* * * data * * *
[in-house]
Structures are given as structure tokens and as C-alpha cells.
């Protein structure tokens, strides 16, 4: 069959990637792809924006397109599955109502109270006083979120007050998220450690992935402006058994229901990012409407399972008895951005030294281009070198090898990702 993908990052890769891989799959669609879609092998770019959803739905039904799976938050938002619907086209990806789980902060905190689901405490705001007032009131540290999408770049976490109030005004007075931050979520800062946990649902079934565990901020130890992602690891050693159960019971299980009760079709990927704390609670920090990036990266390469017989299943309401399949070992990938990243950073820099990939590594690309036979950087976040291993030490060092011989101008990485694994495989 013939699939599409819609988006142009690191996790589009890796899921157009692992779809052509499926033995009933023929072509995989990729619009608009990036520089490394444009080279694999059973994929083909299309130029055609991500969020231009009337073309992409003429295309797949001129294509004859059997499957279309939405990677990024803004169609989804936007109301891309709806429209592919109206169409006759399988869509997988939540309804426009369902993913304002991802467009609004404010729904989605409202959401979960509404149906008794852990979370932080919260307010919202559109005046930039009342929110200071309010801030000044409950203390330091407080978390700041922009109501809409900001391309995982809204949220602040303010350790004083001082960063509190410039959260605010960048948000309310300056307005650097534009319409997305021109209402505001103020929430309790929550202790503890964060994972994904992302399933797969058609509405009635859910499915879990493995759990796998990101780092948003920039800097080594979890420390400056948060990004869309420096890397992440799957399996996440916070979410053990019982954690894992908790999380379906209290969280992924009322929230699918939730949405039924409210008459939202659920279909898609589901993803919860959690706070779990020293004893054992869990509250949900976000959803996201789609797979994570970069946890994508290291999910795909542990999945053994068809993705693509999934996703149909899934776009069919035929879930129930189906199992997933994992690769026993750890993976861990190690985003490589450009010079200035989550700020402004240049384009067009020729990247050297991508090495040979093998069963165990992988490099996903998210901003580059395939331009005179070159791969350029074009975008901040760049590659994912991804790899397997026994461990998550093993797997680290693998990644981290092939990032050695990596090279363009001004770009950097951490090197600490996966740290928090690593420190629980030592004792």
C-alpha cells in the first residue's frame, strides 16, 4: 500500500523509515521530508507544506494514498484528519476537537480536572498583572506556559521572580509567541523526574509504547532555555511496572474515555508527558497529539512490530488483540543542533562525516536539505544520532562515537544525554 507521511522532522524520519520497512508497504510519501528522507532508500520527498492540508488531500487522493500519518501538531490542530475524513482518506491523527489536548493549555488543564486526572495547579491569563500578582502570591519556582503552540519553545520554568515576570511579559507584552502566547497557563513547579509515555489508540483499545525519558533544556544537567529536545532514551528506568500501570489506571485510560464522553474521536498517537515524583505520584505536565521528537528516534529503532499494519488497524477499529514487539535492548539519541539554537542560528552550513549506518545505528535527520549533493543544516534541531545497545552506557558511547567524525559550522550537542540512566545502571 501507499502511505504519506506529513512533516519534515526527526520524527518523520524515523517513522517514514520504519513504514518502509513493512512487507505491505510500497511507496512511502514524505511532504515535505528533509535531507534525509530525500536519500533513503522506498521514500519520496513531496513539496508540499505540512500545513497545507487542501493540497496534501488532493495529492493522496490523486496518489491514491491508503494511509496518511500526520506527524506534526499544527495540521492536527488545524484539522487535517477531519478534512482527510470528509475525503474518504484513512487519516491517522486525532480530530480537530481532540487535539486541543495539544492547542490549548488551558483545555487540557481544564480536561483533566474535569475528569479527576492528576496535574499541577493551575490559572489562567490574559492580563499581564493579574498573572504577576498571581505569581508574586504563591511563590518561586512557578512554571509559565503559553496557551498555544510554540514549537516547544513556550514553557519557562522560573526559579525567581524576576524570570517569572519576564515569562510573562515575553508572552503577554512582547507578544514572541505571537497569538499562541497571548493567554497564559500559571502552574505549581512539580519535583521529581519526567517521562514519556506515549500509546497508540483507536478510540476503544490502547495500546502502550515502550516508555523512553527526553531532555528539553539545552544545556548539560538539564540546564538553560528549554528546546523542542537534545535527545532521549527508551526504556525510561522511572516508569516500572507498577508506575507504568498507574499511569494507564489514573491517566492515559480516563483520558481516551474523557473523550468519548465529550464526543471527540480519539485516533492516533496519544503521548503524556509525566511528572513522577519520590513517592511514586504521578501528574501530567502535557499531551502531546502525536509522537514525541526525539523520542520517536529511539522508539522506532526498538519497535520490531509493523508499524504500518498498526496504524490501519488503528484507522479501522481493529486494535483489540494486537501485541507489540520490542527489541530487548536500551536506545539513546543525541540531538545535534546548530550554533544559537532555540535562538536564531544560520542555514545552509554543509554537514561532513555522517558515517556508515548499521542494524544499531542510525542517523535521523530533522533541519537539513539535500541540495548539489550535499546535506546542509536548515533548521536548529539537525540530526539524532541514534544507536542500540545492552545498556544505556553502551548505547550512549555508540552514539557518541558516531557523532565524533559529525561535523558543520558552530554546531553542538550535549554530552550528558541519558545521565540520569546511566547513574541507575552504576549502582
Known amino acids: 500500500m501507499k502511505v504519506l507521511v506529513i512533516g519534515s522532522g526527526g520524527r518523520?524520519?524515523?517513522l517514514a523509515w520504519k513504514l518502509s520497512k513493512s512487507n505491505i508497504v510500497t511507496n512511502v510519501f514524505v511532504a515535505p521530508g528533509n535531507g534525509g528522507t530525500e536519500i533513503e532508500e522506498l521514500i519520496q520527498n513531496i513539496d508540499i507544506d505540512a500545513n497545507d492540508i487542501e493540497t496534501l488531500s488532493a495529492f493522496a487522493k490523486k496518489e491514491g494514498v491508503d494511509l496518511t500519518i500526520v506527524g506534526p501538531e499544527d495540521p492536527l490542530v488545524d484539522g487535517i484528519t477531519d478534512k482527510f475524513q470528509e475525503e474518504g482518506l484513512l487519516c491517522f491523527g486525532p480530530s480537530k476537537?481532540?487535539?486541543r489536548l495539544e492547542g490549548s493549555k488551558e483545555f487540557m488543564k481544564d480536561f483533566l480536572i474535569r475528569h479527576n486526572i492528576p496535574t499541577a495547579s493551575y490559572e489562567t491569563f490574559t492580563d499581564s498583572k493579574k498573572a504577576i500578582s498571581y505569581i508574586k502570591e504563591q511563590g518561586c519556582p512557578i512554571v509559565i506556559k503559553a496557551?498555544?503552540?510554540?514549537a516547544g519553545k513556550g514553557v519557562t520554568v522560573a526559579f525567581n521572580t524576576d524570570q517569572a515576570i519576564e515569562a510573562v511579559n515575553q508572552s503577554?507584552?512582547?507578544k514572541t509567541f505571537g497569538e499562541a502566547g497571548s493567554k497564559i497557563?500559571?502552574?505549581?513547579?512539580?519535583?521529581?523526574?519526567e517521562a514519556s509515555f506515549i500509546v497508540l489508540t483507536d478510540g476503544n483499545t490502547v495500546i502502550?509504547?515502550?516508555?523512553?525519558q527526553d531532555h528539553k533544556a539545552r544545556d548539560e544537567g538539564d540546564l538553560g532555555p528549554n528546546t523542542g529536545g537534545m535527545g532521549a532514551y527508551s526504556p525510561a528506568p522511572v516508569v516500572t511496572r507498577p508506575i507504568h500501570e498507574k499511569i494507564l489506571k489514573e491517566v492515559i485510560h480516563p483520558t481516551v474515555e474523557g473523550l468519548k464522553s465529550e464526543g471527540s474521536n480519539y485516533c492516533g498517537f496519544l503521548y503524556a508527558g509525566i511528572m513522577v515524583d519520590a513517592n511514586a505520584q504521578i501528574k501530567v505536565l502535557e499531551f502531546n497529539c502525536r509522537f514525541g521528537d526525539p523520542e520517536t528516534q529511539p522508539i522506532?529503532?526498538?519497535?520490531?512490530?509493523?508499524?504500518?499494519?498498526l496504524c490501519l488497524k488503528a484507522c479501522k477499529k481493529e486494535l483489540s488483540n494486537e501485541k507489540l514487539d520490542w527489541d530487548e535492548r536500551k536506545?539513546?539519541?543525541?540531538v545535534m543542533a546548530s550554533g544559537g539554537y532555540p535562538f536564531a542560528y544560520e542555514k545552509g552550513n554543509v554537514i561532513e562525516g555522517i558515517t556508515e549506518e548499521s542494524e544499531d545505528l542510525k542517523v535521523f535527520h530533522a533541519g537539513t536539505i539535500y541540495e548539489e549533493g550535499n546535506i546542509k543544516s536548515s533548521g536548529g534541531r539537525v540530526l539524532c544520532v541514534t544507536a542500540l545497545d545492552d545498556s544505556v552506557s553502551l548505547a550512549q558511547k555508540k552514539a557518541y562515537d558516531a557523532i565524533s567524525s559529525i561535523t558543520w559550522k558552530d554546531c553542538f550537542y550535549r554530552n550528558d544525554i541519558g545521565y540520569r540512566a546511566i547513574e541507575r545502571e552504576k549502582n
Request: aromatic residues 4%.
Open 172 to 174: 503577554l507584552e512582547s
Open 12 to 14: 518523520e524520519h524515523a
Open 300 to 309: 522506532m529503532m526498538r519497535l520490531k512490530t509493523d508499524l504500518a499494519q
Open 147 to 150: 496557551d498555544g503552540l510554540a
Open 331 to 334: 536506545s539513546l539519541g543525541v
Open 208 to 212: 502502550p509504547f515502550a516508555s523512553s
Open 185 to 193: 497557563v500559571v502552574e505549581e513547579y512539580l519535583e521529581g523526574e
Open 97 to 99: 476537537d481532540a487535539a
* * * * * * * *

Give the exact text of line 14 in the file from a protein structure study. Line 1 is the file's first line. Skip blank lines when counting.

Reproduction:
Open 97 to 99: 476537537d481532540a487535539a